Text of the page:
That would be the last time he would see his daughter for twenty years. He wouldn’t cry. He narrowed his eyes and squinted at the road before him as if the sun was too bright but the visor was pulled down to shield his eyes and the light only touched from his nose down. He had none of his belongings save some ***** clothes on the floor of the passenger’s side and his guitar lay across the bench seat.  There was one hundred and thirty dollars in pesos coins in his wallet. He wasn’t sure where he’d go. He had an old friend in Denver. He stepped on the clutch and put her in gear and thought of Denver as good a place to start as any. Russell would be happy to see him.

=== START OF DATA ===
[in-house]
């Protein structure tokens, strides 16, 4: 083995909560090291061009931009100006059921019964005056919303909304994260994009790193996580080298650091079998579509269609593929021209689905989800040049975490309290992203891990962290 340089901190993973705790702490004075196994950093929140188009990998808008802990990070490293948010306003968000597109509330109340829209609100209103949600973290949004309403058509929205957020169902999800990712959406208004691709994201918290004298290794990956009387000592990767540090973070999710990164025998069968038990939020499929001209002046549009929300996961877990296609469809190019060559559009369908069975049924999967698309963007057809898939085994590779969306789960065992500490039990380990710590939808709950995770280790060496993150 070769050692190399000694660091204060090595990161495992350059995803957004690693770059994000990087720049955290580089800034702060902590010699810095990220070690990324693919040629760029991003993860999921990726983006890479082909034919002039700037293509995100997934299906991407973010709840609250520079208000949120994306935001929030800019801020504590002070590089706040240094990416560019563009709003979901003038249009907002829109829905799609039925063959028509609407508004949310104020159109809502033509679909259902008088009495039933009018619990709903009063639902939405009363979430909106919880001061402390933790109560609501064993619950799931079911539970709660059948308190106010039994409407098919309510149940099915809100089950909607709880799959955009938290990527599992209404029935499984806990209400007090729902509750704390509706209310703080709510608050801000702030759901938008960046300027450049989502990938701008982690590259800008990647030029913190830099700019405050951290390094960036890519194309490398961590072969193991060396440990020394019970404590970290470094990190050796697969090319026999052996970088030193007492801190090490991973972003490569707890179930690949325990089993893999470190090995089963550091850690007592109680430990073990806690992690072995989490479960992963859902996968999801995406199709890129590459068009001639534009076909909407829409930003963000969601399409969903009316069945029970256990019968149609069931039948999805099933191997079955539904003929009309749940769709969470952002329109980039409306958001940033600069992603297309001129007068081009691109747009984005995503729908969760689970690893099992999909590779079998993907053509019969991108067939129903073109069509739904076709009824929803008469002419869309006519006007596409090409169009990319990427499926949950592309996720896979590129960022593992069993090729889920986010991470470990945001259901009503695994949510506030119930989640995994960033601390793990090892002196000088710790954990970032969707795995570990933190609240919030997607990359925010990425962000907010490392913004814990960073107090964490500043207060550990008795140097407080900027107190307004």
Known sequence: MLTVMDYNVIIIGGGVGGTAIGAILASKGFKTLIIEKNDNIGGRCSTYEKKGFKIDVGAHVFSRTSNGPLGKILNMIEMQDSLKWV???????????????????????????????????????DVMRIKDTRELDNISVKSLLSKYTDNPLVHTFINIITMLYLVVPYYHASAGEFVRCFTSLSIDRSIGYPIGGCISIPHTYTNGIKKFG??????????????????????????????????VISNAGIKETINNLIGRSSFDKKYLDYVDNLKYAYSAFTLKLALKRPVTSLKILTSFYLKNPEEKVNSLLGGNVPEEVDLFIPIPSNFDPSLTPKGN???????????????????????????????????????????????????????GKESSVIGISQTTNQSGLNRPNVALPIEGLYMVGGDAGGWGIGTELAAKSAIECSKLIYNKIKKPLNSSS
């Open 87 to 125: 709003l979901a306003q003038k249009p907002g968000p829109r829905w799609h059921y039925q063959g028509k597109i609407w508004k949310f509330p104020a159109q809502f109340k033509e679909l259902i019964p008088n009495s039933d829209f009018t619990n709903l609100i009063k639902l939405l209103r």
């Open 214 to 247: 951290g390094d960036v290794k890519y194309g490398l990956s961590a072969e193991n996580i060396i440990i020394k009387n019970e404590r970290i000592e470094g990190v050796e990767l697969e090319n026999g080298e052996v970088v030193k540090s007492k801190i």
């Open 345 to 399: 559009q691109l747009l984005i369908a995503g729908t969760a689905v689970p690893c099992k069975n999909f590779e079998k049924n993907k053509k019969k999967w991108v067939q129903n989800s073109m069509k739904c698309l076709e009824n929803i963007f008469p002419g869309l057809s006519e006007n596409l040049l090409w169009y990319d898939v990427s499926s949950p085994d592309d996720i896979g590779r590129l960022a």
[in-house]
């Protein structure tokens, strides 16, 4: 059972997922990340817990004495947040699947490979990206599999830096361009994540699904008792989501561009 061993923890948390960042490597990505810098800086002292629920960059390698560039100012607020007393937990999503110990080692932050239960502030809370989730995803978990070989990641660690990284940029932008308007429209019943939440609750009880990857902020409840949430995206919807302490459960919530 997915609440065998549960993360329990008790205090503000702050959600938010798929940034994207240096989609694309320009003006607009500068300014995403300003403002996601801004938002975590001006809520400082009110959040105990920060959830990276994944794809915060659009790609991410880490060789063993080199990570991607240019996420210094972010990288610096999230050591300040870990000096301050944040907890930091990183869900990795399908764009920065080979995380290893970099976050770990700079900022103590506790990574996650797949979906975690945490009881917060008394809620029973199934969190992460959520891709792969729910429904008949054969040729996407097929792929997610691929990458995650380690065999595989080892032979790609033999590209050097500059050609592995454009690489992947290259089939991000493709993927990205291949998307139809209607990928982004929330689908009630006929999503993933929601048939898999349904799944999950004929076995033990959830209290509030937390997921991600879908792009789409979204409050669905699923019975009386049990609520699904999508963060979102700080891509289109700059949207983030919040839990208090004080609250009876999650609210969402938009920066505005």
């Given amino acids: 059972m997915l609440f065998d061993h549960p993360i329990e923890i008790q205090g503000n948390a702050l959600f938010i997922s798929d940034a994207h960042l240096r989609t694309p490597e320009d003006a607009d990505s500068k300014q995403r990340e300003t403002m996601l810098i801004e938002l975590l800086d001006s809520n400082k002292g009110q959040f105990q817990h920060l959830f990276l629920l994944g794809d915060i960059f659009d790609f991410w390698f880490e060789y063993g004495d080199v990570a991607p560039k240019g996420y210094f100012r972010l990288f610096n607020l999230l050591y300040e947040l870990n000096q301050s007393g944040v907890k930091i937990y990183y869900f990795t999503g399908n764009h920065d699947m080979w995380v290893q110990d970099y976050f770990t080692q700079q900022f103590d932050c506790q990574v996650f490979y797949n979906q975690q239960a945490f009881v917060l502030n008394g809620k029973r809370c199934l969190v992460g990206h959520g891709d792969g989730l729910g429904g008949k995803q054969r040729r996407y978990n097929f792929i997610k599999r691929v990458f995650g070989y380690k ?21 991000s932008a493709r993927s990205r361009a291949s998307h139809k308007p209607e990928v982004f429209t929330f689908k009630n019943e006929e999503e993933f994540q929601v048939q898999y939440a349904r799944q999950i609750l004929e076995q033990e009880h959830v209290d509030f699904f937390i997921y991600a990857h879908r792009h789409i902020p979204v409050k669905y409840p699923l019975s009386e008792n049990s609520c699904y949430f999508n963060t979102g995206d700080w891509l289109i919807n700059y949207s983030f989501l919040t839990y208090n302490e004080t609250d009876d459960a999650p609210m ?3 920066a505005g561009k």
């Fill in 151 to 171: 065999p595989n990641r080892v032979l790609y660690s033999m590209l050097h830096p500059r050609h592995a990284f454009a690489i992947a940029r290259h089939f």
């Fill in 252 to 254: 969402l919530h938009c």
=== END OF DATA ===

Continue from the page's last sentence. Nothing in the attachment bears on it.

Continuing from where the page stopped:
The crops of corn stood strong and tall in their fields, cattle grazed on other farms and chickens roosted and horses swung their tails and looked around at the land. The hills of the open plains rolled like an ocean and the shadows of the tree’s branches played on the roads as he drove. The wind blew at his steady seventy mile an hour drive and hummed and brushed against his face. A cigarette hung from his mouth and he looked straight from under his straw hat and tried to rid the image of the man naked ploughing his wife who knelt on the edge of his bed, straddling for him and moaning. He was unsuccessful in all of his attempts. It haunted him. He made it through Illinois. He drove through Missouri. He had stopped at Topeka to eat at a small diner and five miles out of town pulled to the shoulder of the road and bent over and vomited the meal on the ground. His eyes watered from the coughing his stomach felt sore and empty again and his mouth was covered with spit and leftovers. He stood and drew the back of his hand across his lips and wiped it on his jeans. When he raised his head he saw the sun was setting on another day. A Hank Williams song was playing softly on the radio from his truck. He sang, I’ll sail my ship alone with all the dreams I own, and when it starts a sinkin’ I’ll blame you...